The Resurrection of Charlie Chan

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Pop Culture's Worst Racial Stereotypes Bettmann-Corbis

Who under the age of 50 remembers Charlie Chan? Like his more bloodcurdling kinsman, Dr. Fu Manchu, and like Stepin Fetchit, Amos and Andy, and many other racial stereotypes who once populated American novels and movies, he has been politically corrected out of the cultural landscape. It’s as though they never existed, like all those vanished commissars erased from photographs in the Stalin era. Charlie Chan was one of the first to go, because he labored under a double onus: he was created by a white mystery writer, Earl Derr Biggers, and he was most famously played in films by Warner Oland, an actor who was not only white but born in Sweden. It was inevitable that Asian-American rights groups would campaign zealously to get Charlie off the shelves and out of the late-night TV movie slot.

So it comes as at least a mild surprise to encounter Yunte Huang’s excellent and very sympathetic treatment of the fictional detective in Charlie Chan: The Untold Story of the Honorable Detective and His Rendezvous With American History. A native of China and now a resident of the United States, Huang, though not without some reservations, is fond of Charlie. He points out that, unlike Fu Manchu, Charlie in no way embodied Western fears and suspicions of the Asian world. He may have been a little inscrutable, but more important, he was smart, funny, a good father, an even better detective and, most important, he was the hero of the tales in which he appeared. This was not just a matter of Americans being indulgent. In the heyday of the Charlie Chan films, from the early ’30s to the late ’40s, he was a huge hit in China. Even Warner Oland, when he toured China, drew clamorous crowds.

You don’t need to be a fan of Charlie’s to enjoy Huang’s narrative, maybe because he’s told so many stories here, all of them intriguing.

The origin myth is a little muddy, but the simplest version is that while sitting in the reading room of the New York Public Library, the Ohio-born, Harvard-educated Biggers became fascinated—and inspired—by a newspaper story describing the exploits of a Chinese detective named Chang Apana, who worked for the Honolulu Police Department. Charlie soon appeared as a minor character in the next Biggers novel, but the public demanded more of him. In subsequent Biggers mysteries, Charlie was the star, and a bestselling star at that, so much so that thereafter Biggers was something like Arthur Conan Doyle—chained to his hero whether he liked it or not.

Biggers took generous liberties with Chang Apana’s legend. The Honolulu detective was neither fat nor droll—he was, in fact, unable to read English or Chinese, although he was fluent in Hawaiian. But he was colorful—an acrobatic man known for scaling walls and leaping from rooftop to rooftop. His weapon of choice was a bullwhip, with which he corralled gamblers, drug dealers, and especially anyone he caught molesting an animal (his first law-enforcement job was animal protection). A former Hawaiian cowboy, or paniolo, he was always more comfortable in the saddle than in a car (he never learned to drive). Someone once asked Biggers, a man not above using the word “chink” in conversation, why he made Charlie speak in pidgin English (“Advice after mistake is like medicine after dead man’s funeral,” “Caution very good life insurance”). Biggers said none of his readers would have been interested in a Chinese detective who spoke dully correct English. But it’s hard to believe that any fictional character could be much more colorful than the real Apana, whose funeral in 1933 drew one of the largest crowds in Hawaiian history.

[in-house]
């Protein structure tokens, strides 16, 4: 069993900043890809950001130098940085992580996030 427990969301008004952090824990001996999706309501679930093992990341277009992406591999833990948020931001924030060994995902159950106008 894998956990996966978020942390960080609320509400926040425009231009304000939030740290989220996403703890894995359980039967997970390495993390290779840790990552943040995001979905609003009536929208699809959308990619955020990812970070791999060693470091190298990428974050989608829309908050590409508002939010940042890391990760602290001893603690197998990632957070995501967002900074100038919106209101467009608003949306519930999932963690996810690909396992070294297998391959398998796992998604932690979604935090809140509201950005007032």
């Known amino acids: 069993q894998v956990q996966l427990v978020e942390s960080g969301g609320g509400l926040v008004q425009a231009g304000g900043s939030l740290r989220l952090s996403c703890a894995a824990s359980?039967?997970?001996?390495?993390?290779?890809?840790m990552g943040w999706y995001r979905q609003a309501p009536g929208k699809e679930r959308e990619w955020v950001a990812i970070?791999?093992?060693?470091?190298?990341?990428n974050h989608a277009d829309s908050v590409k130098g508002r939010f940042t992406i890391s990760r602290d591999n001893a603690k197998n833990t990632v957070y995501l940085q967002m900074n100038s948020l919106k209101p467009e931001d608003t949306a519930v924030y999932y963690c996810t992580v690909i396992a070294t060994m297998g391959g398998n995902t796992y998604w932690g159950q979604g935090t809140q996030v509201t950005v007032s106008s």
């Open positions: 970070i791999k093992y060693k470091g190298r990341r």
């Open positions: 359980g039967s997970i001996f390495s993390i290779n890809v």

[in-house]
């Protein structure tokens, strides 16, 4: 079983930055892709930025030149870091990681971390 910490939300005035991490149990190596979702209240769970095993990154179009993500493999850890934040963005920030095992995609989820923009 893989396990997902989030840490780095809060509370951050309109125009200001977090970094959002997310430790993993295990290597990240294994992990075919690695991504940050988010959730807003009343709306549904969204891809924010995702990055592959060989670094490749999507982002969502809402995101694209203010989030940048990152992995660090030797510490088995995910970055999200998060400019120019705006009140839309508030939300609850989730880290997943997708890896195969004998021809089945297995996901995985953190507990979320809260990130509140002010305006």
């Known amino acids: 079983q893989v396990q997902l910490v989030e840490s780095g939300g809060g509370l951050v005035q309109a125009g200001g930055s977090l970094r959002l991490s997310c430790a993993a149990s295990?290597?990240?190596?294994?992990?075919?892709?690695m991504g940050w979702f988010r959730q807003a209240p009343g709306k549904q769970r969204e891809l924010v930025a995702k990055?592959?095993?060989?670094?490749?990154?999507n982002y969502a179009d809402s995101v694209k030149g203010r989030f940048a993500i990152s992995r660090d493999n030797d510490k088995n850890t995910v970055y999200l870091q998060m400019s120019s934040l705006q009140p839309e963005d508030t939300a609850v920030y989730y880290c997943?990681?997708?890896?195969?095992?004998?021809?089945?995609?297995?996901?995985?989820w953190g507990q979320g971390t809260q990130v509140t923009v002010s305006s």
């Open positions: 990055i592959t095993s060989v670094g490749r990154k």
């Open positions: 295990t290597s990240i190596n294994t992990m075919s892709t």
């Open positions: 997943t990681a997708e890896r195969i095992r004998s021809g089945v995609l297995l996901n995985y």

All this—the lives of Biggers and Apana, Charlie’s career in novels, movies, TV shows, cartoons, and comic books—is told in the context of an America in the throes of nativism. Asian-Americans then were held in the same suspicion and contempt directed today at Arabs and Latinos, a fact that gives this story a lamentable but inescapable currency. In the ’20s, when Biggers began the Chan series, the Ku Klux Klan was at the height of its power, Congress was passing the racist Immigration Act of 1924, which established a harsh quota system that limited annual immigration to 2 percent of a nationality’s U.S. population and barred some nationalities, mostly Asian, and routinely denied citizenship to many more. Hollywood forbade love scenes between whites and people of color, and Asians were routinely played by whites (Native Americans, in similar fashion, were routinely played by Jews or Hispanics as late as the ’60s).

The miracle, then, is that somehow, in the midst of all this, Charlie Chan became an American hero. As Huang notes, “There are stereotypical aspects of Charlie Chan that smack of racial parody and mockery.” And yet, there is also something positive about him, something lost if we only concentrate on the crudeness of his portrayal. “Out of the crucible we call art,” Huang says, “there is rarely if ever what might be described as good, clean fun.” A couple of pages later, he amplifies that statement: “Whether it’s a jazzy tune coming from the lips of a blackface Jew or a yellow lie told by a ventriloquist Swede, the resilient artistic flower has blossomed in spite of as well as because of racism. This undeniable fact, insulting and sobering, has uniquely defined America.” Or, as Charlie Chan says, “Door of opportunity swing both ways.”

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